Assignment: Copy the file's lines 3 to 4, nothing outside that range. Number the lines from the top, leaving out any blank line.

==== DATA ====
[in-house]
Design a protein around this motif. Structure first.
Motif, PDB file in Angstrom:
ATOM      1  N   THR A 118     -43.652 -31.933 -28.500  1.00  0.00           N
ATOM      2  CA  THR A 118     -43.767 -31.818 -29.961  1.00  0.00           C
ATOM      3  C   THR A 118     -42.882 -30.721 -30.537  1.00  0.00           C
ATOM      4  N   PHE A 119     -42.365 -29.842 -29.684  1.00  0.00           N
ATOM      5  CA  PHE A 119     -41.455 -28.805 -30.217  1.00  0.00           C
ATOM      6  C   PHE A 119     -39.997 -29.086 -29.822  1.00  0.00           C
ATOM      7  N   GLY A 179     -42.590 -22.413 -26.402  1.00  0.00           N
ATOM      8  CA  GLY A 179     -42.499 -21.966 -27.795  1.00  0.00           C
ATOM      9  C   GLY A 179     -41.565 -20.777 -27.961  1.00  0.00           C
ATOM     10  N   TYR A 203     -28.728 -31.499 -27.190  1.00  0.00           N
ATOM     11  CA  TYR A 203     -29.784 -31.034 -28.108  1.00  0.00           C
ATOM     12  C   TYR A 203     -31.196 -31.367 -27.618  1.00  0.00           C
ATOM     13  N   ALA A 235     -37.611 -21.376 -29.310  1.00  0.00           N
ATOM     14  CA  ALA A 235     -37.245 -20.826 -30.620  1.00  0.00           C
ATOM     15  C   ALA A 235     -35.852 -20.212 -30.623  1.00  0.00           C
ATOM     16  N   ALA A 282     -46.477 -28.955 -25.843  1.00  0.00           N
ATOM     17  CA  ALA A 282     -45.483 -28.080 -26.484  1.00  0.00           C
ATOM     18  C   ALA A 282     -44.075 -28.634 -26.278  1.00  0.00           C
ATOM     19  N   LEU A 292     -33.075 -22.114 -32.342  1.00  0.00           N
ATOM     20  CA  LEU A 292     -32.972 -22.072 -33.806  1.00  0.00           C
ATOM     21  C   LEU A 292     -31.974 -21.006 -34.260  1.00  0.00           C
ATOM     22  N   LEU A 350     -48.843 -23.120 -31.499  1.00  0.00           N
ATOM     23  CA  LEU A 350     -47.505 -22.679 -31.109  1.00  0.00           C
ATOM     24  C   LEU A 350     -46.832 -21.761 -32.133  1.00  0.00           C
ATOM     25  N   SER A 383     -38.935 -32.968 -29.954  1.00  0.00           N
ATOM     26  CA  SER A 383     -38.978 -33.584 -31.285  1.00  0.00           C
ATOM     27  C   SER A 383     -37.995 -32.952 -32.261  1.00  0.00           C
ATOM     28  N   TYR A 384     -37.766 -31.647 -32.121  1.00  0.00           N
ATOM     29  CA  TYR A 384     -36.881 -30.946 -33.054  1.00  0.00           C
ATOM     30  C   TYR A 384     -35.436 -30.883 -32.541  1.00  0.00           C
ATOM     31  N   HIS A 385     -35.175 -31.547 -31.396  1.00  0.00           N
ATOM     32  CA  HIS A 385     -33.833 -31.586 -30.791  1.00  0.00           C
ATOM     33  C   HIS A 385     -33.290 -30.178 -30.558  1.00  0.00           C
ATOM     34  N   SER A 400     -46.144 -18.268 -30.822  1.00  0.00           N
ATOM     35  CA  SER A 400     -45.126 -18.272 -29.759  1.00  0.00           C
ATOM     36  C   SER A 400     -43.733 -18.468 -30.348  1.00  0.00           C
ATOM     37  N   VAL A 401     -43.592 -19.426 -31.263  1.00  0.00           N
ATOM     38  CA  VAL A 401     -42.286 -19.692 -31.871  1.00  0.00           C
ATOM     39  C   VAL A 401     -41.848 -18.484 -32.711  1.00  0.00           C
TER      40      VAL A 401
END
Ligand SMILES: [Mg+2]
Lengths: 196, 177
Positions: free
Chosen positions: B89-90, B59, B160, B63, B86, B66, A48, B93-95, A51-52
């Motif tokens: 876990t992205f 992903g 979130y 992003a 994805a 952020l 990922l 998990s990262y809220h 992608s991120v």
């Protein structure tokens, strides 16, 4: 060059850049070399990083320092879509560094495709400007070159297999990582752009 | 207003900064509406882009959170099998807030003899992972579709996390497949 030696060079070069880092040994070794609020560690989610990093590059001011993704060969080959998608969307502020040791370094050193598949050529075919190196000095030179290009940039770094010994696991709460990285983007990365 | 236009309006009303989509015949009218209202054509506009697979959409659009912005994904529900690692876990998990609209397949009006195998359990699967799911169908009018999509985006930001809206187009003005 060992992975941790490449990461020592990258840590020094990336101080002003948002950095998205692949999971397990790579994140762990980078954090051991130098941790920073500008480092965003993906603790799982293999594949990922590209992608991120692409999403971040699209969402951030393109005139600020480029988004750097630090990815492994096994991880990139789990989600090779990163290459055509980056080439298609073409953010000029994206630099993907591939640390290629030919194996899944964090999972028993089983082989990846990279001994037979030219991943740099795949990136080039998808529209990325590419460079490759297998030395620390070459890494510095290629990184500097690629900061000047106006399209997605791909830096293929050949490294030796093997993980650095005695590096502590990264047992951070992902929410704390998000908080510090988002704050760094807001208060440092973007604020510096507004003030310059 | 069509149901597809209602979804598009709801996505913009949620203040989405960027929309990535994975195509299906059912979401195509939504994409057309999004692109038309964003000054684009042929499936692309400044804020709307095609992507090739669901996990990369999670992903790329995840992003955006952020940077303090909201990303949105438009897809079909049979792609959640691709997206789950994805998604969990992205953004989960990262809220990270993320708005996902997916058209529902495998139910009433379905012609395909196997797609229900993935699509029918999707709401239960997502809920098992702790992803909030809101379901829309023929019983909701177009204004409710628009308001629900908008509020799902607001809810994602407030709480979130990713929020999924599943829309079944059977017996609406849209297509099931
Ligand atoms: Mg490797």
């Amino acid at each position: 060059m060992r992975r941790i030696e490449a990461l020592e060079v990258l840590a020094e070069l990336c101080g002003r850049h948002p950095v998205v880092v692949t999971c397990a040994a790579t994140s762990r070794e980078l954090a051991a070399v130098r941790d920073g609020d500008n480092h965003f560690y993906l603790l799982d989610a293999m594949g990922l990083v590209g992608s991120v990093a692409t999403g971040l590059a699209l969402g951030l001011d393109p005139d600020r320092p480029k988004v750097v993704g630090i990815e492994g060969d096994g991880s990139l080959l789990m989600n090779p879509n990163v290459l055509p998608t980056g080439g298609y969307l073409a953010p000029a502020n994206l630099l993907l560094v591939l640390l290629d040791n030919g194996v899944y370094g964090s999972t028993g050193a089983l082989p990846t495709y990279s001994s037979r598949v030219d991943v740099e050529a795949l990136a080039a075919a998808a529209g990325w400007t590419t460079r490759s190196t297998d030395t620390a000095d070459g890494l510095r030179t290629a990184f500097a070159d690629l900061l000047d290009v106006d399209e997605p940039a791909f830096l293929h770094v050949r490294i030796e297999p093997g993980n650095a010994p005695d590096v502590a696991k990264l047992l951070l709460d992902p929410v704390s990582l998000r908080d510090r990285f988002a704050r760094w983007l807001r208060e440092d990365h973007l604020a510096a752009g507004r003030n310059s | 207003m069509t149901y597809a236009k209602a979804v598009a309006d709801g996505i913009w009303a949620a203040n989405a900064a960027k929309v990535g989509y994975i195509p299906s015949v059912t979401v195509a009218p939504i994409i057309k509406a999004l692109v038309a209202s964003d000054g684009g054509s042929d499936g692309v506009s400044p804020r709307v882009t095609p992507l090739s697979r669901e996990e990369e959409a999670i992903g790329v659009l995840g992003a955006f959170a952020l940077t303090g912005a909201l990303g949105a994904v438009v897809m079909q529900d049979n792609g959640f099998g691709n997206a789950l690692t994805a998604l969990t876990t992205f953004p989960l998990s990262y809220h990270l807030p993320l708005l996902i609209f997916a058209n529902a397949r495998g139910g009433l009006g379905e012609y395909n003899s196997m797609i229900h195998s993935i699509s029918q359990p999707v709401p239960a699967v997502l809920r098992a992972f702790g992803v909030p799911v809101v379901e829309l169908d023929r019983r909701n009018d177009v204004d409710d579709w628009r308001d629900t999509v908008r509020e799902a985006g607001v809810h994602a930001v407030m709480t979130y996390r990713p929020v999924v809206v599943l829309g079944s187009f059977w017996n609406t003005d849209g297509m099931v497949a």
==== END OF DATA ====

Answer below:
Motif, PDB file in Angstrom:
ATOM      1  N   THR A 118     -43.652 -31.933 -28.500  1.00  0.00           N